Book of the Month
Baseball in April: and Other Stories, By Gary Soto
The small events of daily life reveal big themes -- youth and age, love and friendship, success and failure -- in this unique collection of short stories. Calling on his own experience of growing up in California's Central Valley, Gary Soto paints the everyday experiences of contemporary young people. The smart, tough, and vulnerable kids in these short stories are Latino; their dreams and desires belong to all of us.
Awards and Citations for Baseball in April: and Other Stories
Parenting Magazine's Reading-Magic Award
California Library Association's John and Patricia Beatty Award
American Library Association Best Book for Young Adults
Booklist Editors' Choice
From The Boston Globe
From Los Angeles Times Book Review
From Horn Book
After students have read Baseball in April: and Other Stories encourage them to explore what it means to be a teenager in today’s society. Ask students to discuss, in small groups, the issues that concern them as teens. Encourage students to think about the factors, historical and otherwise, that determine how one comes of age in a particular community. Prompt students to write journal entries that contemplate what it means to be a teenager in the United States. What are some of the achievements and problems most teenagers’ face? In addition, have students think about other religious, social or ethnic groups – how does being a teen in that culture differ from the characters portrayed in the short stories?
By Walter Dean Myers
HarperCollins, 160 pp., Ages 12 and up
Newbery Honor Book
Jamal is afraid of the gang that rules his neighborhood, especially since it landed his older brother Randy in jail. But Randy wants the 12-year-old Jamal to take his place as the leader of the Scorpions. Even though his mother, sister, and best friend Tito try to talk him out of it, Jamal tries to be a stand-in for his brother. Violence soon erupts as the older gang members move in on him when Jamal tries to escape -- with the gun the Scorpions gave him.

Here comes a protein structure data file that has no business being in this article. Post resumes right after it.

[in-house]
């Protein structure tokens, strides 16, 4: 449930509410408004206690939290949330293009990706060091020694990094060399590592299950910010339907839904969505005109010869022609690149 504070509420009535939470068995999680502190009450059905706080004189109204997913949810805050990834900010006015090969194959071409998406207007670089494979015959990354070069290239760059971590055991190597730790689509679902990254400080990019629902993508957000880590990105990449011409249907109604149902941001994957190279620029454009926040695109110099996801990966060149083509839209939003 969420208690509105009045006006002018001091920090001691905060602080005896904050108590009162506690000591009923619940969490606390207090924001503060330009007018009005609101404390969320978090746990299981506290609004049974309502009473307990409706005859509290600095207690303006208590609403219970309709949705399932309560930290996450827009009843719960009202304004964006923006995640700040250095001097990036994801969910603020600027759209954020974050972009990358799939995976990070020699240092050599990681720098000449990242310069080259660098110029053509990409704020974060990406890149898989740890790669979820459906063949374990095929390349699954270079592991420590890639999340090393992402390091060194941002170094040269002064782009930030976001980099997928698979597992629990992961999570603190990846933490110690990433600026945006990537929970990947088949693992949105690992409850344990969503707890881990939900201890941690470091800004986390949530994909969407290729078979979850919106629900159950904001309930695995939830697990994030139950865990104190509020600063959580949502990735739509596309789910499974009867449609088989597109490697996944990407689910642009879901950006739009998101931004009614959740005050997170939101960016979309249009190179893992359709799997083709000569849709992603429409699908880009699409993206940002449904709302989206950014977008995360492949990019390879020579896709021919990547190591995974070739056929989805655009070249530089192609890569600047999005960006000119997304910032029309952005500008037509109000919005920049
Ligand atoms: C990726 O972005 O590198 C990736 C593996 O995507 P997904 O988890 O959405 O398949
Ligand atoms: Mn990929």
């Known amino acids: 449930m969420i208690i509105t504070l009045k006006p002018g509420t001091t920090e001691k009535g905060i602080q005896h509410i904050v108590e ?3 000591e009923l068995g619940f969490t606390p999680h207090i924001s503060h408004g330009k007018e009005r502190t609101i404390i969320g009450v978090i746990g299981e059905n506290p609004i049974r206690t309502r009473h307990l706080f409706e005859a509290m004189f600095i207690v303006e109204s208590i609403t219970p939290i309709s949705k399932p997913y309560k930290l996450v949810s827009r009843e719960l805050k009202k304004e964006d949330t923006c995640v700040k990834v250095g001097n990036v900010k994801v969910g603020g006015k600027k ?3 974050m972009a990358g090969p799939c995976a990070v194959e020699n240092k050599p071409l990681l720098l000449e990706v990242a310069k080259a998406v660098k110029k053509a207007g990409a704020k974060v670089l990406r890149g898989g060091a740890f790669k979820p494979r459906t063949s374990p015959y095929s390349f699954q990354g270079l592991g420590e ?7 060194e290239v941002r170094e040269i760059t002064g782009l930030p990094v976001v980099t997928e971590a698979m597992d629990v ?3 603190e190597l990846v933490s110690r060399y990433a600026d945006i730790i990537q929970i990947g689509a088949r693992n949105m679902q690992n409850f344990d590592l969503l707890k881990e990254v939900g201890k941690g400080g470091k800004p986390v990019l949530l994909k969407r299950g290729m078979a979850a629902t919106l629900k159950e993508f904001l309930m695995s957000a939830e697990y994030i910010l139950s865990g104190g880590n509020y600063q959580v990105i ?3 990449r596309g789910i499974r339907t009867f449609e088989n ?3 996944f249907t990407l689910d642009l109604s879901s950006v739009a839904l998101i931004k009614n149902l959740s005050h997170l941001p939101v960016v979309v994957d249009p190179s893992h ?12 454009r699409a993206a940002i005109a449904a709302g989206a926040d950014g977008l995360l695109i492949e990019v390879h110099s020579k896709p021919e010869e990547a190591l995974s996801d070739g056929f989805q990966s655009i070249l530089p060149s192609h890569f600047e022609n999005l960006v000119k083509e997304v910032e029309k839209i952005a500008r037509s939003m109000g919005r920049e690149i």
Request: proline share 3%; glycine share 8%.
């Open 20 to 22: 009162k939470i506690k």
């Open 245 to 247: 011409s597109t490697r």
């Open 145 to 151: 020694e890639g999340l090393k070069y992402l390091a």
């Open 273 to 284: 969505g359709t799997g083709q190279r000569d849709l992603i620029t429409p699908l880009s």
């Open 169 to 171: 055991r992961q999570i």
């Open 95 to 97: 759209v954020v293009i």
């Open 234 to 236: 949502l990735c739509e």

Living up the Street: Narrative Recollections
By Gary Soto
In a prose that is so beautiful it is poetry, we see the world of growing up and going somewhere through the dust and heat of Fresno's industrial side and beyond: It is a boy's coming of age in the barrio, parochial school, attending church, public summer school, and trying to fall out of love so he can join in a Little League baseball team.
By Angela Johnson
Aladdin Paperbacks, 144 pp.,Ages 12 and up
Winner of the Coretta Scott King Award
"Marley thinks her life in Heaven, Ohio, is perfect and secure. But when she learns that her itinerant uncle is really her father and her loving ""parents"" are her aunt and uncle, she has to come to terms with her feelings of anger, betrayal, and curiosity as to who she really is. Foreshadowing, humor, and well defined characters work together to create a strong story about belonging and family." -- The Horn Book
By Jacqueline Woodson and Nancy Paulsen
Putnam Publishing Group, 192 pp., Ages 9 -12
"Even though it's been more than two years since his mother died, thirteen-year-old Lafayette continues to grieve by withdrawing into an inner world where he is haunted by his memories. Secretly he blames himself for his mother's death since he was the one to find her body after she sank into a diabetic coma. His twenty-two-year-old brother Ty'ree, mature and responsible, has some demons of his own: he witnessed the drowning death of their father before Lafayette was even born." –Horn Book
Please share your lesson plan ideas, or read about how other educators are using From the Mixed-up Files of Mrs. Basil E. Frankweiler in their classrooms on our Book of the Month bulletin board.